American Hair Research Summit, Orlando, May 14-16th
The American Hair Research Society organizes every other year a meeting devoted to the latest hair research done mostly in the United States. As of this year, the society changed its name from North American Hair Research Society to American Hair Research Society that attracted many doctors from Central and South America especially Brazil to participate. It brought together the leaders in this field of research who presented their latest studies.
The meeting had eight sessions and covered all types of alopecias-from androgenetic to alopecia areata to cicatricial alopecias. Here is some news from lectures that were presented.
Probably the most exciting and promising result was in the new medicine Breezula –a novel, topical, anti-androgen that is in phase II of development. In this 3-arm study of 95 patients, Breezula showed higher hair growth (39%) than Minoxidil (36%). Furthermore, this medication has a favorable safety profile with no reported side effects. It can also be used in premenopausal women, unlike finasteride. Another interesting lecture was on the Kerastem study results presented by Dr. Gorana Kuka Epstein presented. In early androgenic alopecia (Norwood III), a 29% increase in growth of terminal hair was noted, definitely confirming the new era of treating hair loss with regenerative medicine.
The panel on Growth Factors therapy was named “Hope or Hype” as many answers on this therapy remain unanswered such as: how to concentrate Growth Factors, what is the protocol of injection, what should be the frequency of treatments, etc. Despite this, interest in this therapy is still growing and doctors who perform it view it as very effective.
If there was one take home message from this session, it is to start viewing cicatricial alopecias as systematic conditions. Features of Frontal Fibrosing Alopecia (FFA) include facial papules, regression of frontal veins, facial papules, and eyebrow and body hair loss. Oral isotretionoid was routinely used to treat facial papules, with somewhat positive effects on hair loss. A common recommendation is that tt is safe to do a hair transplant procedure in patients with cicatricial alopecia after two years of stable hair loss while maintaining the patient on proper therapy.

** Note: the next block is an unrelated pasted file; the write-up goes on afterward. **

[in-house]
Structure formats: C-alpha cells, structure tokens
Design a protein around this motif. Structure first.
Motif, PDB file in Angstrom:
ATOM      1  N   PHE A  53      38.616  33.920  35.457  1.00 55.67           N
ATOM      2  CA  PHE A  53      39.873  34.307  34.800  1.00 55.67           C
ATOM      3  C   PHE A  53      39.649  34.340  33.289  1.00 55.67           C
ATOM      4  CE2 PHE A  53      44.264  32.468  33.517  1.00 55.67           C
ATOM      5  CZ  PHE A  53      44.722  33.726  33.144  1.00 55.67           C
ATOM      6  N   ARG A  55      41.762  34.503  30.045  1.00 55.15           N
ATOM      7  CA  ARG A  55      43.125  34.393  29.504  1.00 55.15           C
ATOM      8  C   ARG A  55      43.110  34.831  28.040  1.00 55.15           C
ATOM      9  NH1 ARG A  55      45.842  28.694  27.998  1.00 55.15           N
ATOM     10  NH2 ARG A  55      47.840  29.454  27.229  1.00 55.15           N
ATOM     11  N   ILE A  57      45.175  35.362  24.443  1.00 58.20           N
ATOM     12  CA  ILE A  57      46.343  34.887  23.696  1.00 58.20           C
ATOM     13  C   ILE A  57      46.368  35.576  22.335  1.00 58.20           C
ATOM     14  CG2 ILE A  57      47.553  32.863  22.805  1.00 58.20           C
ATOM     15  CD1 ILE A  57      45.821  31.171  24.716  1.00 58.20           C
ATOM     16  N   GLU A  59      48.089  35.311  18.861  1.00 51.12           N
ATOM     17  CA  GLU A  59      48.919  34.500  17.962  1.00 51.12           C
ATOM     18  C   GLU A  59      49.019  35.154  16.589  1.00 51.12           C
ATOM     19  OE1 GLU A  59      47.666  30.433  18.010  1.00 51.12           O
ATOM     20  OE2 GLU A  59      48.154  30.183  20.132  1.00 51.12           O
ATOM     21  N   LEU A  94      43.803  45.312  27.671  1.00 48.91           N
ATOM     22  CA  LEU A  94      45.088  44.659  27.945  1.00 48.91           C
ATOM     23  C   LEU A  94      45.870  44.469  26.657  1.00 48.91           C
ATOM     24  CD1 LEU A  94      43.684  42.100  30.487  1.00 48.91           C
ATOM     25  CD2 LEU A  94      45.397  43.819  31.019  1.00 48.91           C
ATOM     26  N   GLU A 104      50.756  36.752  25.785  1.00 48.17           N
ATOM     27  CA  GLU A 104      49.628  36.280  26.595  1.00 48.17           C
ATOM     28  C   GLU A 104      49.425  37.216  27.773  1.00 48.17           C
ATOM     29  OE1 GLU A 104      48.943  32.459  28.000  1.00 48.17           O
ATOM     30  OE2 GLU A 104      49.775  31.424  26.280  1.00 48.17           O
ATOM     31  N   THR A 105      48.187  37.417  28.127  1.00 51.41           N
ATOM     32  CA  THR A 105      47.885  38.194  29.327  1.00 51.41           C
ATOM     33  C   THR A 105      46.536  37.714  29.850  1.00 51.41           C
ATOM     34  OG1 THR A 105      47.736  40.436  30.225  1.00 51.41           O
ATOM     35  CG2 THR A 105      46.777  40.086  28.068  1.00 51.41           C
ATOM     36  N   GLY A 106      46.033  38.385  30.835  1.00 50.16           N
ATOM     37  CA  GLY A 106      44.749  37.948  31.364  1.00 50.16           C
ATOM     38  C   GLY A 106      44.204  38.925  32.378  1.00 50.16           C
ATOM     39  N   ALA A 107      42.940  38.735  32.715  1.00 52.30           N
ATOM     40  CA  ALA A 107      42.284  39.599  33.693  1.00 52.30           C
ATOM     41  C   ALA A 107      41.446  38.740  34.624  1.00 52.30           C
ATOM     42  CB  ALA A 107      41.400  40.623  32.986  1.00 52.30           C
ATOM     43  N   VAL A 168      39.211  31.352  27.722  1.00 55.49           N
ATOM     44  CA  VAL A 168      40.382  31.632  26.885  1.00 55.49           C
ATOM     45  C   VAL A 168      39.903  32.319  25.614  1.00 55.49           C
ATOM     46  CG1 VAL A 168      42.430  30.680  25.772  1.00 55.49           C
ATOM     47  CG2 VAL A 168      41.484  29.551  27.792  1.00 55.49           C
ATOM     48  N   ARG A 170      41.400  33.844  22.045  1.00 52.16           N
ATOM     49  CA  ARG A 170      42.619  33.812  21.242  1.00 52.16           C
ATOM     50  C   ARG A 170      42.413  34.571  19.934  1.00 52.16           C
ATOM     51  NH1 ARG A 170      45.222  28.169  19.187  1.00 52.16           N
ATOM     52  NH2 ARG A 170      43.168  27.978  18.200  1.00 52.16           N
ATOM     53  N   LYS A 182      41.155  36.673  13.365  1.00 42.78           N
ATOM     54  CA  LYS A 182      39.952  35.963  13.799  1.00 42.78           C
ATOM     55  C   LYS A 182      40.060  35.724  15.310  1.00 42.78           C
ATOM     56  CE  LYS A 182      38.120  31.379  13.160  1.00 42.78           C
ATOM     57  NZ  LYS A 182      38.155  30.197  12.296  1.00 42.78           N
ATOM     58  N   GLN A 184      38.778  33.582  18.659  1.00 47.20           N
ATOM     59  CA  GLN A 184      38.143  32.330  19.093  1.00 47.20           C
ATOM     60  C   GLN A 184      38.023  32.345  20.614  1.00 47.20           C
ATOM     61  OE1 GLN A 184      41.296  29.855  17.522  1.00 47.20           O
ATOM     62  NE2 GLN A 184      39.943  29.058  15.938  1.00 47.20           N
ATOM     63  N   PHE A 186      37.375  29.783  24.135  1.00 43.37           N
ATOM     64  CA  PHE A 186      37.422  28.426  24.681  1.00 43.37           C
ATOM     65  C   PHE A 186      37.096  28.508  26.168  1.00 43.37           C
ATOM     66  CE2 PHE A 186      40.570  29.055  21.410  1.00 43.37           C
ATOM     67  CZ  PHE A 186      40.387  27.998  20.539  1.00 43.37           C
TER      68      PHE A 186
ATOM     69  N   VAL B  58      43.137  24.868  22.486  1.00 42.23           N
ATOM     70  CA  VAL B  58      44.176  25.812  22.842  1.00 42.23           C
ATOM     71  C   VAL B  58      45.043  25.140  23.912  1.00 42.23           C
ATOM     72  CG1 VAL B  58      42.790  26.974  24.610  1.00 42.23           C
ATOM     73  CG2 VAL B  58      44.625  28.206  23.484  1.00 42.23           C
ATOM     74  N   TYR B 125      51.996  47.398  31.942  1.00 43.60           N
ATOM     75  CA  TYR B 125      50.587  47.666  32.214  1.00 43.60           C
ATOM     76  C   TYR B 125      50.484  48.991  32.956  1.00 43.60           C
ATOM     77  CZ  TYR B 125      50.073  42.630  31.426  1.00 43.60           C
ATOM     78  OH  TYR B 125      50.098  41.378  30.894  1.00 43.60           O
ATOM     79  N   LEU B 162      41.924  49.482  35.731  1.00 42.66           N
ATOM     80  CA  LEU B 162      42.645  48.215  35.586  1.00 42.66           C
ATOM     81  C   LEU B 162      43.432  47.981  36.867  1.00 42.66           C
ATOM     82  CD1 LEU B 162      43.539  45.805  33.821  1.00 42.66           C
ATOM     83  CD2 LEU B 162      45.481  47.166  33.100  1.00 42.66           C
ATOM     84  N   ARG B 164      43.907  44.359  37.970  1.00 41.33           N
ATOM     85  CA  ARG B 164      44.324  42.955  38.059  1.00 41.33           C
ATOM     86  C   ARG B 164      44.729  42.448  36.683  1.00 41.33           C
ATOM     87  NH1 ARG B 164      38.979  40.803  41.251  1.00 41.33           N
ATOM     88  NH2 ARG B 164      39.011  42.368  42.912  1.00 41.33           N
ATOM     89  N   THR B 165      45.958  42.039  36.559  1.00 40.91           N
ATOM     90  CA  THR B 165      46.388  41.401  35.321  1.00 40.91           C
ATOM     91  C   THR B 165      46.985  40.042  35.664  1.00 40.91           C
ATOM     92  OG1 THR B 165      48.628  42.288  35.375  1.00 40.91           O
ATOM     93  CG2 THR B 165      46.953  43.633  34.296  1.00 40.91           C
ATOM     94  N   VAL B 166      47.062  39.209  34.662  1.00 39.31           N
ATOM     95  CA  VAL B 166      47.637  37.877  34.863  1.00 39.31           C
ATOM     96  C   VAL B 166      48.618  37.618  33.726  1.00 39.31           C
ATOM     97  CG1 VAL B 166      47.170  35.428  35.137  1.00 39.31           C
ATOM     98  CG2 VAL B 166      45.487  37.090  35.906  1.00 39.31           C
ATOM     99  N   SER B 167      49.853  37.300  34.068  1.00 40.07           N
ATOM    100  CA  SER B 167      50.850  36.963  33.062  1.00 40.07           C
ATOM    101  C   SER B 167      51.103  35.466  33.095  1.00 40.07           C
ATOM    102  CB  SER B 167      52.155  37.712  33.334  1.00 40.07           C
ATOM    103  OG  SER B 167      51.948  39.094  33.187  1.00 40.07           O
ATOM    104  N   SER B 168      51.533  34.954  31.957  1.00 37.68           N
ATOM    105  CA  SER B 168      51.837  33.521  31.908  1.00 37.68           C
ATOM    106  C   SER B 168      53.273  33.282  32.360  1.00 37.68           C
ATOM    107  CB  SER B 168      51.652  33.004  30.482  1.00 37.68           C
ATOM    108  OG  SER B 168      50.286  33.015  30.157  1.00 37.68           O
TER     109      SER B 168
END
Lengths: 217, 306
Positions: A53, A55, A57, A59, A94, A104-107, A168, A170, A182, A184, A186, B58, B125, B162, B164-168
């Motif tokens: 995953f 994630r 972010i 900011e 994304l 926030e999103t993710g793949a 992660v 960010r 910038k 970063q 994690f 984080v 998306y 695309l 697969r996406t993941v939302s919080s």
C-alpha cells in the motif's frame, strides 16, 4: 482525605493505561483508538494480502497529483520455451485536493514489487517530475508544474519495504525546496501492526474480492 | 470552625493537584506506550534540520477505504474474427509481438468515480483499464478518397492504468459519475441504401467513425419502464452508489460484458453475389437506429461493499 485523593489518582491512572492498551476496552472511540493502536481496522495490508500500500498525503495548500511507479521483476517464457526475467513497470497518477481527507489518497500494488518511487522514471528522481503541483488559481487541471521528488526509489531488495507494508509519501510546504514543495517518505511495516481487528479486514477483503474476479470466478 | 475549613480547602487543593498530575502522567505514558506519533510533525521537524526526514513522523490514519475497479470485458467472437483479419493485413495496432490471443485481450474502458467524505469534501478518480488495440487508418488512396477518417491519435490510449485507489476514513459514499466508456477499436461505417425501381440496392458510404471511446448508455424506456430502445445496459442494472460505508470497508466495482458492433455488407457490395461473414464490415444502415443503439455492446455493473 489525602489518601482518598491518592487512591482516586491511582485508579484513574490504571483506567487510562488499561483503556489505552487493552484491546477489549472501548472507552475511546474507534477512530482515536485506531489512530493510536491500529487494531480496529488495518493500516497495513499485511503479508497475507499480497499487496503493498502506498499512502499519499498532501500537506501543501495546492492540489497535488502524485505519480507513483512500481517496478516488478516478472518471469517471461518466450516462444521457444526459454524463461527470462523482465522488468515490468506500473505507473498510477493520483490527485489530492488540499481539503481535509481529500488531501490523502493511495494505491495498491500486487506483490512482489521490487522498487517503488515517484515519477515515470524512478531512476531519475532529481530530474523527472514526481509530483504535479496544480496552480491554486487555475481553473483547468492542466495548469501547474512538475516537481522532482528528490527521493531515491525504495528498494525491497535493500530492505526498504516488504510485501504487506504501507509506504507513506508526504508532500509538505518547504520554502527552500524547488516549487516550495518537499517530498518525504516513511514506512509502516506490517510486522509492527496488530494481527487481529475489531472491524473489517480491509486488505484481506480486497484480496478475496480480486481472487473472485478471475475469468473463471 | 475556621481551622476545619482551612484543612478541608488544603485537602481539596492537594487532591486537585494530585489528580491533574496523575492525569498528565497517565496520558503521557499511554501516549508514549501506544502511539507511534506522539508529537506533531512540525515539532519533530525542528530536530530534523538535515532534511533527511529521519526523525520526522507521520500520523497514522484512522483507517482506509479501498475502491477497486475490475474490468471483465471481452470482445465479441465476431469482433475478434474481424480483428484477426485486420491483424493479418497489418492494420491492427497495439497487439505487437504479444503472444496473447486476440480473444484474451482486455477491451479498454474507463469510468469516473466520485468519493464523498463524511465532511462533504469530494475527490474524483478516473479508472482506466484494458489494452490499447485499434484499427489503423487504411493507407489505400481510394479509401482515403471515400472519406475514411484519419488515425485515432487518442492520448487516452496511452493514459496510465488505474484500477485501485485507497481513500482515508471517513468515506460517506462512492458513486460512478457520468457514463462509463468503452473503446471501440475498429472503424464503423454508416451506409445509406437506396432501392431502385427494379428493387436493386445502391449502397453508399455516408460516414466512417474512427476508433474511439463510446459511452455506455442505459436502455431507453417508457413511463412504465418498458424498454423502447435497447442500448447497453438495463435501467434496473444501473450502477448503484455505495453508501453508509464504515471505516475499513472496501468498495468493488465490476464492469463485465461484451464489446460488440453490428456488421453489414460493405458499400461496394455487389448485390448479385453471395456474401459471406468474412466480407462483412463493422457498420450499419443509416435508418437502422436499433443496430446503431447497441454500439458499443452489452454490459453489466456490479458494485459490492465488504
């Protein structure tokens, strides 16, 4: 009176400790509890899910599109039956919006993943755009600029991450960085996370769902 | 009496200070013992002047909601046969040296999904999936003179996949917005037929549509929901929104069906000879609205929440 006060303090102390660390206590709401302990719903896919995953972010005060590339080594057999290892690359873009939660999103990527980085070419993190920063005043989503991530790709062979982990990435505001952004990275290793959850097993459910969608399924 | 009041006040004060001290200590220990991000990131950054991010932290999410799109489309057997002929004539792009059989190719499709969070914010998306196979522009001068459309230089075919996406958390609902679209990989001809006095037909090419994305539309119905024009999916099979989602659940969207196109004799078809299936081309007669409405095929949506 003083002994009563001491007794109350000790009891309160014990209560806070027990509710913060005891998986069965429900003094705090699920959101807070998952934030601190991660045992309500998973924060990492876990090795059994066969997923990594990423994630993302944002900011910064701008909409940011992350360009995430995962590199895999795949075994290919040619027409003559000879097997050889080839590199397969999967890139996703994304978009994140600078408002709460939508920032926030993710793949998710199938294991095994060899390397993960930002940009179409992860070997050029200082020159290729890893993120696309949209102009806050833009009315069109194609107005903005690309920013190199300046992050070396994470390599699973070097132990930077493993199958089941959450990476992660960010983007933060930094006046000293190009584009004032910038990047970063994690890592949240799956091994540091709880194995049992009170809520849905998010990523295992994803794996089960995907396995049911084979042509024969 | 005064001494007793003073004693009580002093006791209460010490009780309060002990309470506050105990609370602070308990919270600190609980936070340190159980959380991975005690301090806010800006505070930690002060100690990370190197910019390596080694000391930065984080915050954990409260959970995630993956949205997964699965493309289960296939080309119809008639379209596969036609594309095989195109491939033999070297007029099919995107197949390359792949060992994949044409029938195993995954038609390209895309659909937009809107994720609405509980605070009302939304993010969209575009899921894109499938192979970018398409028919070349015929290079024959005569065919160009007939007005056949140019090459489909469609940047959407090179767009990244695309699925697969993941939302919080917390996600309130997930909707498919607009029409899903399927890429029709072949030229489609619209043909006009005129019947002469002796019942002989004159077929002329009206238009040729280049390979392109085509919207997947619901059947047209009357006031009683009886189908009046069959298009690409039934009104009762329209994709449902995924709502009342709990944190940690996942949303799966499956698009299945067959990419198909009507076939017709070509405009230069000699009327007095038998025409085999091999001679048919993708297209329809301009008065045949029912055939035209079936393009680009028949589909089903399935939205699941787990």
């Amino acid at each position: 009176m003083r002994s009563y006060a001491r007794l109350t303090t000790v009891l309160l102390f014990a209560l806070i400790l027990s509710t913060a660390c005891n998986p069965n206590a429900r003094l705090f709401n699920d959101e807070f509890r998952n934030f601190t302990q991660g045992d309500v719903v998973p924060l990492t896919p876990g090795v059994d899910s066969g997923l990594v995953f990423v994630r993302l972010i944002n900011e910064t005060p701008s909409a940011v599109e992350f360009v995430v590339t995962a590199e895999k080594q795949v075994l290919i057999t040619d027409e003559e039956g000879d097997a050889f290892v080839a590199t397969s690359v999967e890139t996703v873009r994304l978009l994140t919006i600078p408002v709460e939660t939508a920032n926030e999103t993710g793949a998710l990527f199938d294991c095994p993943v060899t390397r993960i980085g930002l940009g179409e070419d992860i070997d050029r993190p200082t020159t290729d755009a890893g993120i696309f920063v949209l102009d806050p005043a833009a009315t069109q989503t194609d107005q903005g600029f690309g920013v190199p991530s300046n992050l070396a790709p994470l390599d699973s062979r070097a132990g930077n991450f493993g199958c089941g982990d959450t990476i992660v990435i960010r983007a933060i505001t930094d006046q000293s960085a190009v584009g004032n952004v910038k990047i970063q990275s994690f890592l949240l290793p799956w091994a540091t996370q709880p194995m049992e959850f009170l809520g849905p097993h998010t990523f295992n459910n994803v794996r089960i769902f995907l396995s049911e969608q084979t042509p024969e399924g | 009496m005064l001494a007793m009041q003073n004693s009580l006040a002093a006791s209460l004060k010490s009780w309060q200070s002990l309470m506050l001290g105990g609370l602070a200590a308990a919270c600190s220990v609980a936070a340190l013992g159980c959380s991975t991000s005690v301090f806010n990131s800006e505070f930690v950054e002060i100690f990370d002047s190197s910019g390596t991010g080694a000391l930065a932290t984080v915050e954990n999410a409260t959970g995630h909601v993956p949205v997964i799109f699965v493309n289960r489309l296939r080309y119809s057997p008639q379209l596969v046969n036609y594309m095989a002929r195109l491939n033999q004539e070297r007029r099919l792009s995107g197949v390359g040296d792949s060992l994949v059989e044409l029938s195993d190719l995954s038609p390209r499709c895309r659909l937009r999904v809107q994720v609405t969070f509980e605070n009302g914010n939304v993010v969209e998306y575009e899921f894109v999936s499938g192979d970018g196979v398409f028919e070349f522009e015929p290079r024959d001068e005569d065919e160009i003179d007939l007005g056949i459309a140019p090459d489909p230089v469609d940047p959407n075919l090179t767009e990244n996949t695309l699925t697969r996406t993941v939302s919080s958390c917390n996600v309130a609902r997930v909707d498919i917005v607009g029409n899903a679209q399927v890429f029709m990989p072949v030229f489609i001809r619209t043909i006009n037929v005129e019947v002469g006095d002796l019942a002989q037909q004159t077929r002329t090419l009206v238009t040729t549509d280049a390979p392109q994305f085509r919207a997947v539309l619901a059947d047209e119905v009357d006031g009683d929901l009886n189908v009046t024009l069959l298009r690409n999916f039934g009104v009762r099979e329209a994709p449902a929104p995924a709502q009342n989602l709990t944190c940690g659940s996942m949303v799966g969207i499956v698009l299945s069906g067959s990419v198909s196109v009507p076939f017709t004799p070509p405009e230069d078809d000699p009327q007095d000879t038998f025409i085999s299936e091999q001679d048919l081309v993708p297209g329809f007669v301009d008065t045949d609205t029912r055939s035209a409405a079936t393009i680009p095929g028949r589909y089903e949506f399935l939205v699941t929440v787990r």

The chairman of this session was Angela Christiano, PhD whose lab at Columbia University is fully devoted to alopecia areata research. After a very successful trial on alopecia areata, Christiano’s focus is to explore further the role of JAK inhibitors (Ruxolitinib and Tofactinib) in treating androgenic alopecia. JAK inhibitors were originally used to treat rheumatoid arthritis, and in patients who also had alopecia totalis, hair growth was a side effect of the medication. That led her to explore more conditions associated with alopecia areata. and to date this includes lupus, multiple sclerosis, inflammatory bowel disease, celiac disease, ulcerative colitis, atopic dermatitis, and psoriasis.
Currently on the market, there are four types of laser devices for androgentic alopecia: a helmet, a cap, a band, and a comb. One study showed in a sheep model that hair actually is a barrier for laser luminosity, therefore potentially making it less effective. However, there are no studies in humans that would confirm this finding. Ablative lasers such as 1064nm Nd:YAG, 1550 nm erbium glass, or 600nm ablative fractional CO2, still have a role in treating scarring alopecias. Fractional laser treatments create microthermal injury zones that stimulate the healing process and can lead to increased blood flow, the delivery of cytokines and growth factors, as well as stimulation of the dermal papilla, accelerating the hair cycle from telogen to anagen, and stimulation of the transformation of vellus hairs to terminal hair. One particularly important lecture was on the prevention of chemotherapy-induced alopecia. Two devices, the Dignicap and the Paxman, have demonstrated over 60% maintenance of hair throughout the therapy.
Several lectures were on the correlation of allergies and hair loss, and the importance of patch testing. Also demonstrated was increasing interest in the role of nutraceuticals to help treat hair loss.
The meeting was well attended, and displayed the wide range of research that happening in hair loss field.